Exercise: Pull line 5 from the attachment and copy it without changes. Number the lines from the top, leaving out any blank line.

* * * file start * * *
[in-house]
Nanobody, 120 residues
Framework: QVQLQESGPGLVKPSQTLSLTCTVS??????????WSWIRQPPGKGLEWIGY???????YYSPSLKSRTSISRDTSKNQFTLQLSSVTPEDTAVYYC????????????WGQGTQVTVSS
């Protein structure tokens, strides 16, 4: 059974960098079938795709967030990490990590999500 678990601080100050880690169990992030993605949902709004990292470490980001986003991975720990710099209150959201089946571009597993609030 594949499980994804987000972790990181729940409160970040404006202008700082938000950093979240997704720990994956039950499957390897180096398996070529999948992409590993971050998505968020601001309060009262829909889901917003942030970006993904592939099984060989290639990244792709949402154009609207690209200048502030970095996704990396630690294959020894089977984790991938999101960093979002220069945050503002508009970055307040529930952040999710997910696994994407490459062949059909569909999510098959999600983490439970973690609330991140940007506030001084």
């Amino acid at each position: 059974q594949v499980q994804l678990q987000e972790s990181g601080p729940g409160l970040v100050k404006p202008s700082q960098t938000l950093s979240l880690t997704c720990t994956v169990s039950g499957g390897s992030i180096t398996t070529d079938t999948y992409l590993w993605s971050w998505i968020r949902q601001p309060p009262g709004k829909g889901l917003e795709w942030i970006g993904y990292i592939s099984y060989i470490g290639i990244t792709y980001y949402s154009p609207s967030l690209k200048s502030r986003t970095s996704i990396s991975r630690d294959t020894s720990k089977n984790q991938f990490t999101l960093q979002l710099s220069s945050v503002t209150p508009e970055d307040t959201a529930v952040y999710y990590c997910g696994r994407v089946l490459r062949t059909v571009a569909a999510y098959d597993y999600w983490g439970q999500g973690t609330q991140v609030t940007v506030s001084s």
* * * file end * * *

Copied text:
């Amino acid at each position: 059974q594949v499980q994804l678990q987000e972790s990181g601080p729940g409160l970040v100050k404006p202008s700082q960098t938000l950093s979240l880690t997704c720990t994956v169990s039950g499957g390897s992030i180096t398996t070529d079938t999948y992409l590993w993605s971050w998505i968020r949902q601001p309060p009262g709004k829909g889901l917003e795709w942030i970006g993904y990292i592939s099984y060989i470490g290639i990244t792709y980001y949402s154009p609207s967030l690209k200048s502030r986003t970095s996704i990396s991975r630690d294959t020894s720990k089977n984790q991938f990490t999101l960093q979002l710099s220069s945050v503002t209150p508009e970055d307040t959201a529930v952040y999710y990590c997910g696994r994407v089946l490459r062949t059909v571009a569909a999510y098959d597993y999600w983490g439970q999500g973690t609330q991140v609030t940007v506030s001084s």